Well, you might know that the story started with a Nicholas of Myra (modern day Turkey), whose first recorded act was filling the stockings of three sisters with gold so they would have enough to fulfill their dowries. But even after he brought a happily-ever-after to each girl, Nicholas went on doing good and eventually became a bishop. After that he was usually seen wearing the traditional red robes of the church. Yes, the very first red Santa cloak.
But how did Saint Nicholas become Santa Claus?
As the tradition of celebrating the birth of Christ spread, so did the story of Nicholas and his gift giving ways. The pronunciations, however, did not follow too easily along. The Dutch in particular had trouble with “Saint Nicholas,” which often came out sounding more like “SinterKlaas.” And over time and more mispronunciations, SinterKlaas turned into Santa Claus.
Then along came the Reformation.
When the Reformation swept Germany, most reformers decided to sweep away every semblance of the Catholic Church, including good St. Nick. But that doesn’t mean they did away with Christmas. By no means. The Germans went on to develop some of our most well know Christmas traditions.
Legend has it that Martin Luther, always a fan of the object lesson, created the first Christmas tree, choosing an evergreen tree for the everlasting life we have in Christ and lights for the Light of the World. Later people started hanging fruit on their trees to symbolize the blessings of God. We now call them Christmas tree ornaments.
The Germans didn’t actually do away with Santa, especially since their children had become very attached to the Christmas Eve visit from the jolly gift-giver. So, they just created their own version, by the name of Father Christmas.
“When, what to my wondering eyes should appear?”
Over the years, story after story rolled together until the idealized images of Santa came to be, perhaps best described by the classic poem, Twas The Night Before Christmas. Yes, the image of a man whose belly jiggled like a bowl full of jelly made its author quite popular and quite wealthy. Mr. Clement Clark Moore was in fact a son of a Bishop and eventually became a founder of the General Theological Seminary of New York. The school was built upon ground paid for by eight tiny reindeer.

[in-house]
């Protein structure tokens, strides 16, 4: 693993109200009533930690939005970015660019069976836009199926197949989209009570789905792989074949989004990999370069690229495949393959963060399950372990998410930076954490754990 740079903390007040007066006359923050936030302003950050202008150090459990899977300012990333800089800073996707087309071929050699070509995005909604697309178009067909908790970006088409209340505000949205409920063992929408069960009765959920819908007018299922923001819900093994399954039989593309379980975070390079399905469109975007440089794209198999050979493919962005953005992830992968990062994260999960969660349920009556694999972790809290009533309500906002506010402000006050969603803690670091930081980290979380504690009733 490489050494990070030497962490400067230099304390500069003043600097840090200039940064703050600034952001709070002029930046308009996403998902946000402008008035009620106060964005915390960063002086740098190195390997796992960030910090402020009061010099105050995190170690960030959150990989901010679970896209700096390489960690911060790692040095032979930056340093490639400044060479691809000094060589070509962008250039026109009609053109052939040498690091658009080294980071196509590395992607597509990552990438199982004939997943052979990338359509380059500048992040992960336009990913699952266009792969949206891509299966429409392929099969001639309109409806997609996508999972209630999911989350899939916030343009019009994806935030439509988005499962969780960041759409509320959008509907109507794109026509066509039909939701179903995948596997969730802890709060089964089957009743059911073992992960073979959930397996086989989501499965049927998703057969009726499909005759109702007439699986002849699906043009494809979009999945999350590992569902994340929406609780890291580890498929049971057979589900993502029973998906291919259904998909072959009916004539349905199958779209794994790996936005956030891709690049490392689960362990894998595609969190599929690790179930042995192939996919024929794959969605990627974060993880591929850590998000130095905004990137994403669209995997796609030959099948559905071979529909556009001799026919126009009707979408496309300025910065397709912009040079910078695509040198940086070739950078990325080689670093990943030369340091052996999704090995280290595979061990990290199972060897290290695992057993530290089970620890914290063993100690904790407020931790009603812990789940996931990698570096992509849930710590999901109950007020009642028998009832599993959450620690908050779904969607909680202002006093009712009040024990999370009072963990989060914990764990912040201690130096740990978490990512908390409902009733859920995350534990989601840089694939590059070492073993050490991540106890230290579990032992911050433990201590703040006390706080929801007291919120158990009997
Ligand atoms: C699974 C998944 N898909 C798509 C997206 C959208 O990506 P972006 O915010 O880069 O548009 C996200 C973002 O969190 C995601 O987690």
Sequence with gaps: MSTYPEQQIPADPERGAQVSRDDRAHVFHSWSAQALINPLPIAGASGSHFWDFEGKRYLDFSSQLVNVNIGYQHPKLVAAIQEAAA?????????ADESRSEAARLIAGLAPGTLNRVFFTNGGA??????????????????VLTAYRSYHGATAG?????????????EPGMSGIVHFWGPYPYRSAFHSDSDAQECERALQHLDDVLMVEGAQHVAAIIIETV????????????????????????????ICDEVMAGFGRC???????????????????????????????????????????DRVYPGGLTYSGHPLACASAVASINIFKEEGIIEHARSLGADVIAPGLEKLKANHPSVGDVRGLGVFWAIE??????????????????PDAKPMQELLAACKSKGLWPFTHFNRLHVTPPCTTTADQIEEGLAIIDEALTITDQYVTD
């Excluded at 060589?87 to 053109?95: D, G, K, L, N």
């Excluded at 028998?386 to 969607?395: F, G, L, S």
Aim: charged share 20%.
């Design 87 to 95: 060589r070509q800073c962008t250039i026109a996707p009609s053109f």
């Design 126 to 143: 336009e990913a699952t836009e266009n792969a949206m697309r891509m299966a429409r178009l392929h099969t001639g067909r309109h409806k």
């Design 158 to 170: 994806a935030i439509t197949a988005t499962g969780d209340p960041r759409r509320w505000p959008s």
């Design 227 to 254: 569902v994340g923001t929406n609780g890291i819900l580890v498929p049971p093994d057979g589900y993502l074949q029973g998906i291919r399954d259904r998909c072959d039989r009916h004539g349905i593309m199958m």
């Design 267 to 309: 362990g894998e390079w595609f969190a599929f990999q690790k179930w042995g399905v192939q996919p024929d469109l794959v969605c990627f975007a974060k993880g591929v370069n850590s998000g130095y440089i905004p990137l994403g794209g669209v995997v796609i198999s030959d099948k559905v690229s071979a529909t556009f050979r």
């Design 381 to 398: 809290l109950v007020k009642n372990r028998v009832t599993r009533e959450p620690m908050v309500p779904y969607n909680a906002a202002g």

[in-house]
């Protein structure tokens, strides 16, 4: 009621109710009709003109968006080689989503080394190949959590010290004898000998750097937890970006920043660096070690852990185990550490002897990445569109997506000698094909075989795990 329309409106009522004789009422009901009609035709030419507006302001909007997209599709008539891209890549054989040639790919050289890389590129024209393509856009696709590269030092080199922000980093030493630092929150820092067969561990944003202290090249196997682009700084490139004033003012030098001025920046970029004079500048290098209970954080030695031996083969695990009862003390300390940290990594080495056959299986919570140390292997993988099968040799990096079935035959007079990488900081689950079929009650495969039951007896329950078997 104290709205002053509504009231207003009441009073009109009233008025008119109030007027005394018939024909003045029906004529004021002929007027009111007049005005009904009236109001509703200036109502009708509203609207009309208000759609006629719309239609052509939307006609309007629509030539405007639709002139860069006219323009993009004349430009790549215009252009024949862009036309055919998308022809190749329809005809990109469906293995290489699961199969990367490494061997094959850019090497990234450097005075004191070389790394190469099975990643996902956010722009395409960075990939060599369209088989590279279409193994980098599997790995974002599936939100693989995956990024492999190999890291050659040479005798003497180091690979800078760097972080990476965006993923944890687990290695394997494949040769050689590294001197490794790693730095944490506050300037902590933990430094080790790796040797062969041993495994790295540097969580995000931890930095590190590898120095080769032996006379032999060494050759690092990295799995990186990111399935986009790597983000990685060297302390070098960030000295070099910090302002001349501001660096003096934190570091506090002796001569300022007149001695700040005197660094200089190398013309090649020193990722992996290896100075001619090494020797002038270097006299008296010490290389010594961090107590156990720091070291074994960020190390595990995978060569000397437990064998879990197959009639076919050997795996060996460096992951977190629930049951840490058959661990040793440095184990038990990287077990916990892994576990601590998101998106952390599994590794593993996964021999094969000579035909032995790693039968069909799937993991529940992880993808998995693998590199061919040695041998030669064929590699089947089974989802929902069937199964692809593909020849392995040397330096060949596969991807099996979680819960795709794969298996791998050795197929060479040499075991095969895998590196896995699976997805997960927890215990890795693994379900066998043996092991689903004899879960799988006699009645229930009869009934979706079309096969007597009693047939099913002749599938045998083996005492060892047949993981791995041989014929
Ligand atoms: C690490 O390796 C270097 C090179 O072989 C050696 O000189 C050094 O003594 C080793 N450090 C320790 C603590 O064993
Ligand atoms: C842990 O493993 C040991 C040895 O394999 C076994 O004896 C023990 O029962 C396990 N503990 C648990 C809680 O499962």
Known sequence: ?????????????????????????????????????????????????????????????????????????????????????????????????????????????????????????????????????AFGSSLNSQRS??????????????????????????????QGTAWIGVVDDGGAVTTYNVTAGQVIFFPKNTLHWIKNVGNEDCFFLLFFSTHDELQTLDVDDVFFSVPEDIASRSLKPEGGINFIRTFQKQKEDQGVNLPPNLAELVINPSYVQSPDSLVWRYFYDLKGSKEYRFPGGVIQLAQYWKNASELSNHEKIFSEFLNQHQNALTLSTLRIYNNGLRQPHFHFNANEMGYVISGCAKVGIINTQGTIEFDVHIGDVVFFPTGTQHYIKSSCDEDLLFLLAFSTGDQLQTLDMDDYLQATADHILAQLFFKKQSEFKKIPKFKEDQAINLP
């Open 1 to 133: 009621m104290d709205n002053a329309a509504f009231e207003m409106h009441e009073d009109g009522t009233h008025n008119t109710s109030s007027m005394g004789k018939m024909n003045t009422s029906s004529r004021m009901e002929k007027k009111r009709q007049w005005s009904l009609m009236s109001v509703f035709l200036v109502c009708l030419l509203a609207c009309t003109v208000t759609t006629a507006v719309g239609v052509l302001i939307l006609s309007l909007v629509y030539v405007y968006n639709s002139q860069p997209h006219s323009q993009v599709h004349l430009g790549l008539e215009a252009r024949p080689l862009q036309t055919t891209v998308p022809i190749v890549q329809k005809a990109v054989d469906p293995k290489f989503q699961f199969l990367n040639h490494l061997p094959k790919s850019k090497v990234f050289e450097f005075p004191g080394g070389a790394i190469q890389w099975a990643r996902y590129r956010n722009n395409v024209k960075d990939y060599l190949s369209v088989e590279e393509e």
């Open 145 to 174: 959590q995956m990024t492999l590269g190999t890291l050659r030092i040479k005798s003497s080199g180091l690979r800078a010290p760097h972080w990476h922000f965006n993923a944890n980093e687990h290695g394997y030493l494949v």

Years later, the school’s first instructor of church music, John H. Hopkins, decided to add to the annual Christmas pageant and composed what is now one of the most famous nativity songs, We Three Kings of Orient Are, and its iconic image of a star with royal beauty bright.
So, you see, whether it’s Saint Nicholas, SinterKlaas, Father Christmas, or our dear Santa Claus, you just can’t quite separate this jolly old soul from the true meaning of Christmas. I’m sure he’d be the first to tell you that it doesn’t matter if it is the dead of Winter or the height of Summer, just give a gift, share a smile, and celebrate the birth of our Savior.
Oh, and if you like to check out my own version of the Santa Claus legend, you can click here to learn more about a free download of my newest book, The Father Christmas Confessions: A Christmas Comedy.
Merry Christmas to all, and to all a goodnight.